Hermon Stream Nature Reserve (Banias)
In 1867, Mark Twain visited Banias and wrote in Innocents Abroad: ” The whole place has a sleepy, stupid, rural look about it and one can hardly bring himself to believe that a busy, substantially built city once existed here, even two thousand years ago.” [I won’t quote the sentence before this out of consideration for my Arab friends.] Well, Mr. Samuel Langhorne Clemens, too bad you cannot return to see the site now because you might want to edit your remarks. Banias is a terrific place to visit!
- The Hermon Stream Nature Reserve (sometimes Hermon National Park) has a paths (short or long) along the river all the way up to the waterfall.
- The Hermon Stream Nature Reserve also is home for the archeological excavation of the Temple to Pan build by Herod the Great, the ancient city of Caesarea Philipi and on another trail where you can see Roman and Crusader sites. This park is a must see.
Hermon Stream Nature Reserve – שמורת טבע נחל חרמון – בניאס
The Hermon Stream Nature Reserve entrance contains a large parking lot, facilities and a place to buy ice cream during the summer, as well as snacks and hot Druze pitas. Beyond the ticket gate (note: one ticket gains entrance to both park entrances) a trail leads down to the river, a 45-minute walk round-trip, including the suspended trail hanging over the raging white water.
A very unique way to approach a waterfall, the suspended trail was built along the basalt and travertine stone walls of the gorge, the roaring river just several meters below.
The Banias Waterfalls are most impressive during the winter and spring when the water is most plentiful, on its way down to the Sea of Galilee. The waterfall is 10 meters (33 feet) high and during the winter and spring, the water crashes and mists down on those standing close on the observation deck.
Banias Springs Park
Hermon National Park (Banias) – The Banias Springs park entrance contains a smaller parking lot, facilities and a gift shop. The wide mouth of Pan’s Cave can be seen from the road, making it easily identifiable. Before the cave there is a calm series of stepped water, the Hermon stream, which can ever overflow onto the paved walkway. It is forbidden to enter the stream.
This is a peaceful and gorgeous entrance to the cave area. The ruins around the cave have been charted out to show the various temples and courts that were built In Roman times and glorified by Agrippa II after the original site was founded by Herod’s son Philip who made the city Caesarea Philipi in the Banias. The Herodian Dynasty continued to build temples to Augustus and Greek and Roman gods: Zeus, Nemesis, The Sacred Goats and The Dancing Goats.The cliff edge above the cave and ruins can be climbed, giving a birds-eye view of the park’s entrance and various trails and ruins.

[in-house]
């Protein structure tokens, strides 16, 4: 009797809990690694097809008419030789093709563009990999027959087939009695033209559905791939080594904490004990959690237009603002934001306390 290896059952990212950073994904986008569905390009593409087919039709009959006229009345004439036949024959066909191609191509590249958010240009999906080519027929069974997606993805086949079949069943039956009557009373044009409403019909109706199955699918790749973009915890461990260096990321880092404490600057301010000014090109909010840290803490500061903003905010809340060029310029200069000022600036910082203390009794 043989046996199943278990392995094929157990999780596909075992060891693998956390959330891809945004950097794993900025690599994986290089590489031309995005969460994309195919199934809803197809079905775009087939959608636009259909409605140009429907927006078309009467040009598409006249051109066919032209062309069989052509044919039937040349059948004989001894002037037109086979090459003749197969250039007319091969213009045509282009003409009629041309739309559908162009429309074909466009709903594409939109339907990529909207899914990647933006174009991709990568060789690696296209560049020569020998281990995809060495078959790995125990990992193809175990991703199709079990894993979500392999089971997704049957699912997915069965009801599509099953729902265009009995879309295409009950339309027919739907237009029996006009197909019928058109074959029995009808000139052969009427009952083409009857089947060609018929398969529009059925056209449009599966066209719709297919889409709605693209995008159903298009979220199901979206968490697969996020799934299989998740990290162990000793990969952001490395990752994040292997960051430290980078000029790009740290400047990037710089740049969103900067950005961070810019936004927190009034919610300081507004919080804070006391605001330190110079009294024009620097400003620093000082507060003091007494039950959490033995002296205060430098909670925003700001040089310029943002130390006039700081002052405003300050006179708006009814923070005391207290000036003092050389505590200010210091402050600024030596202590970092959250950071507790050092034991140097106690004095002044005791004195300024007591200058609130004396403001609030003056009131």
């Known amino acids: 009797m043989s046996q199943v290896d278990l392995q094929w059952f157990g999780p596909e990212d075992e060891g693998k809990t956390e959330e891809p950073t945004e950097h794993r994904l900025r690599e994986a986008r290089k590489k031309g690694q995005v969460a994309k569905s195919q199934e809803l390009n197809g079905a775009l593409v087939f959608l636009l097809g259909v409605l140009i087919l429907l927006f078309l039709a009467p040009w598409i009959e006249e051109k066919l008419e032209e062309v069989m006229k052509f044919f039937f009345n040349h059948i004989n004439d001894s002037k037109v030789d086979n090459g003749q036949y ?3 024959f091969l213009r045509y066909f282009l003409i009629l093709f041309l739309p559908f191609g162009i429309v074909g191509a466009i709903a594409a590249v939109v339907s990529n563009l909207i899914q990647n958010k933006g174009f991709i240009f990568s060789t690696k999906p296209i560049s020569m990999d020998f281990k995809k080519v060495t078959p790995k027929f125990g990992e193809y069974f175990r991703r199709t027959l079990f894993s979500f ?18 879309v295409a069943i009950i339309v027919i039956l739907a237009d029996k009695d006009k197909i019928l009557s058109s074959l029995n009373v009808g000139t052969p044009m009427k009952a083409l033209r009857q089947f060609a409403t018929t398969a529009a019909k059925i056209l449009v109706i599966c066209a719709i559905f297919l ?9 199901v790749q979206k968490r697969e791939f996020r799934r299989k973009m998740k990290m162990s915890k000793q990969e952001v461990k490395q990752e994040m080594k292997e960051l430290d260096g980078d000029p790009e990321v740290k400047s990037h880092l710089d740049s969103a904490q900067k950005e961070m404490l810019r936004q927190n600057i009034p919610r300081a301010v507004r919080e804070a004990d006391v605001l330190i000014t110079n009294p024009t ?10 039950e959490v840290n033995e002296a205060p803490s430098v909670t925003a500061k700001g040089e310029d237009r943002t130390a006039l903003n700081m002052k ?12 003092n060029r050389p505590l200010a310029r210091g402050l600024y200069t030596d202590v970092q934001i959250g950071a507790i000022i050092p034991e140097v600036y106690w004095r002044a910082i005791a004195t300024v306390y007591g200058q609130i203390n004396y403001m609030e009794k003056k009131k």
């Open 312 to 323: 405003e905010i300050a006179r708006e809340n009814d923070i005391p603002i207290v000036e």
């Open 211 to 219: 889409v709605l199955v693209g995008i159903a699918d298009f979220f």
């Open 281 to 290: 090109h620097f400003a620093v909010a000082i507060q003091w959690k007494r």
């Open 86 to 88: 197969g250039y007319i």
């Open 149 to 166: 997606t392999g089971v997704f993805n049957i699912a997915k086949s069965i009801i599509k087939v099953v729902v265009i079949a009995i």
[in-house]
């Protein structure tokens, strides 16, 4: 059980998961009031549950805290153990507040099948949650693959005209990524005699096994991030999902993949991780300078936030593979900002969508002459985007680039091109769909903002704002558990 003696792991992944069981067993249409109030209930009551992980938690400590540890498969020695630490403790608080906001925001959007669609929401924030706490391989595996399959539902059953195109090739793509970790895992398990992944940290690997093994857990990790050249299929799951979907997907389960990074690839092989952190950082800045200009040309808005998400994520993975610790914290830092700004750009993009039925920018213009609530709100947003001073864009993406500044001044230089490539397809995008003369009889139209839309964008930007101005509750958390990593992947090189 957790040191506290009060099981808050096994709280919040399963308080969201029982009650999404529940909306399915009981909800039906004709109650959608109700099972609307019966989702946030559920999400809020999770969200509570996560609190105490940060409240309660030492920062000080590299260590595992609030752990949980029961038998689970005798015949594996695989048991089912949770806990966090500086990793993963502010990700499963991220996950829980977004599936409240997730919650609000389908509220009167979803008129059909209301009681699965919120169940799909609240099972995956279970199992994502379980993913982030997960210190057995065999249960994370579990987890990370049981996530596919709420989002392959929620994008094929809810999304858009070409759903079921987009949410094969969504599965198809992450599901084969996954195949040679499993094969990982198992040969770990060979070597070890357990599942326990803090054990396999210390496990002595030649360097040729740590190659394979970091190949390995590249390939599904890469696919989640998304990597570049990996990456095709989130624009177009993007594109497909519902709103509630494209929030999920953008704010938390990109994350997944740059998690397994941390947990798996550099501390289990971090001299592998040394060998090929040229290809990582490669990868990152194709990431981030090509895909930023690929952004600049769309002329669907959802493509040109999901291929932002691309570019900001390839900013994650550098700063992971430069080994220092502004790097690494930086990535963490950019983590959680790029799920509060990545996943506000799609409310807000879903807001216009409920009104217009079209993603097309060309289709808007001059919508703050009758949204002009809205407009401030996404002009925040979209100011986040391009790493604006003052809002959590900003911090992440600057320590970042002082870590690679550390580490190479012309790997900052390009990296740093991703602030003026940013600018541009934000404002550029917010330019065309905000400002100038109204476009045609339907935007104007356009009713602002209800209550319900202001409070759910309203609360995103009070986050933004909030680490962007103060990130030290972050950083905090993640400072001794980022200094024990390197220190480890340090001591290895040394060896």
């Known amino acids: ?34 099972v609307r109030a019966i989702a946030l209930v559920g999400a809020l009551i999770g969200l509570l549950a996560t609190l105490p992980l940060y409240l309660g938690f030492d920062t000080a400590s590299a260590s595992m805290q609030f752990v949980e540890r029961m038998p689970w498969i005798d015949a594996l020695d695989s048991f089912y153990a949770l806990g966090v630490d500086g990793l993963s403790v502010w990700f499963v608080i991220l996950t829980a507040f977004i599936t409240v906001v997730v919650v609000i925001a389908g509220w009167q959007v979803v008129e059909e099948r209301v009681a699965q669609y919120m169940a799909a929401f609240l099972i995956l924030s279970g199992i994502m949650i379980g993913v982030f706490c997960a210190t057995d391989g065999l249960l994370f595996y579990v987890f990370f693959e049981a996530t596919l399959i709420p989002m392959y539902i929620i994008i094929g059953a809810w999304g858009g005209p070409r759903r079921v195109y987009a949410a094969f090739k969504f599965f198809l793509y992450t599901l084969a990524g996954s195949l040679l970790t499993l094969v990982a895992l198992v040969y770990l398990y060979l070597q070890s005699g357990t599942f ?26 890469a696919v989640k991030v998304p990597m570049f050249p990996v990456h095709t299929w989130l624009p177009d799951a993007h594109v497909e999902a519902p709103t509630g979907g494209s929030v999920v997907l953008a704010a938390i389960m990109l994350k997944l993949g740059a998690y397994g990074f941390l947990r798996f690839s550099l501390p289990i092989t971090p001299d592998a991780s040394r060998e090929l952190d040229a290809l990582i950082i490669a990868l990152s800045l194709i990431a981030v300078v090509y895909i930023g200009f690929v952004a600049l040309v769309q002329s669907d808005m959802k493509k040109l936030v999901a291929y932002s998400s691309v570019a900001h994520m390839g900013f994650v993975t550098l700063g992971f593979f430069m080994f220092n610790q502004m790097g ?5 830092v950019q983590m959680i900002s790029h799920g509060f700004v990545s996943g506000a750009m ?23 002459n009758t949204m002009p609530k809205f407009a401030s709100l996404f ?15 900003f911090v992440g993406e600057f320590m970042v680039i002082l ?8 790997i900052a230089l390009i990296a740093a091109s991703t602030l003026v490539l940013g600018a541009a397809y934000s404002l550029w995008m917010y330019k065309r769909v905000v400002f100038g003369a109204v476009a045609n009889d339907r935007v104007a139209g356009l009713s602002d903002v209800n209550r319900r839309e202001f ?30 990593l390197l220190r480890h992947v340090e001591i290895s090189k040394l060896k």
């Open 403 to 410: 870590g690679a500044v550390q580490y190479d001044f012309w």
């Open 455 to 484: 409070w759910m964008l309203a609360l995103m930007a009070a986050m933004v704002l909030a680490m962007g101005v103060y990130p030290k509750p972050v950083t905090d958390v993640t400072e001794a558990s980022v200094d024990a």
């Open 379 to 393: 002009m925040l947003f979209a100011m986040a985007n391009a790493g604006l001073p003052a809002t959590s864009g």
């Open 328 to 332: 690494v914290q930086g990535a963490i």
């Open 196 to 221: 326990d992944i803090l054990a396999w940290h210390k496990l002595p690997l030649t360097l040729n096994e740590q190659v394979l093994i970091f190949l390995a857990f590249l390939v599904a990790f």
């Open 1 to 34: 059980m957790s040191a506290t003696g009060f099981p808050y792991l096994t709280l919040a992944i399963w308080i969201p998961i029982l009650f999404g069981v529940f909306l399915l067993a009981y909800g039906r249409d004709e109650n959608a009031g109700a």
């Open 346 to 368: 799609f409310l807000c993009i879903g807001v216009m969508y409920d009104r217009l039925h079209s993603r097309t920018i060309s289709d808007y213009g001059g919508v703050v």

The ancient niches and inscriptions in those cliffs inspired archaeological excavations that revealed massive temples and walls. While touring the ruins, visitors learn how the ancient Greeks identified this site, with its shaded pools, cascades and rivulets, as the home of nature-loving Pan. They built a shrine to this mischievous demigod, naming it Paneas, which in the Arabic pronunciation became Banias.
Caesarea Philippi is name used in the New Testament name for Banias, where Jesus charged Peter with founding the Church (Matt. 16:13–20). High above the spring, the Druze faith maintains a holy place to Elijah the Prophet. In medieval times the Muslim city that stood here was also home to Jews and Karaites and was eventually fortified by the Crusaders.
The Ancient Bridge
Beyond the modern bridge under the Banias-Kiryat Shemona road, you reach an ancient bridge which arches over the junction of Nahal Govta and Nahal Hermon. This bridge was built during the Roman period from large chiseled stones. The interior is covered with travertine, chalky spring water deposits. Exquisite small stalactites of travertine hang from the roof.
The only water-powered flour mill still-operative in Israel.
An aqueduct carries water from Nahal Hermon to the roof of the mill. From the edge of the aqueduct, the water drops down a stone “chimney” and, as it falls, it turns three driving wheels attached to millstones. Today, two of the wheels are still in use; the third, which was used to press olives, is no longer operational.
The residents of Massadeh and Ein Kinia, nearby villages, grind their grain at Matruf Mill. A bakery was built alongside the mill, and the mother of the family who runs the mill demonstrates how she bakes large pita bread.
Syrian Officers’ Pool (Ein Khilo)
Ein Khilo’s water is warmer than the Banias, so the Syrian officers who served in the area and wanted to bathe there built a concrete pool to catch the warm spring water.
The bubbles rising from the pool floor indicate the origins of Ein Khilo.
Winter: Sun – Sat: 8am-4pm, Friday: 8am-3pm
Summer: Sun – Sat: 8am-5pm, Friday: 8am-4pm
Banias Ticket Prices:
Adult: NIS 27
Child: NIS 14
Combo ticket (Banias & Nimrod Fortress): Adult: NIS 38, Child: NIS 19
Springs entrance: 04-690-2577
Falls entrance: 04-695-0272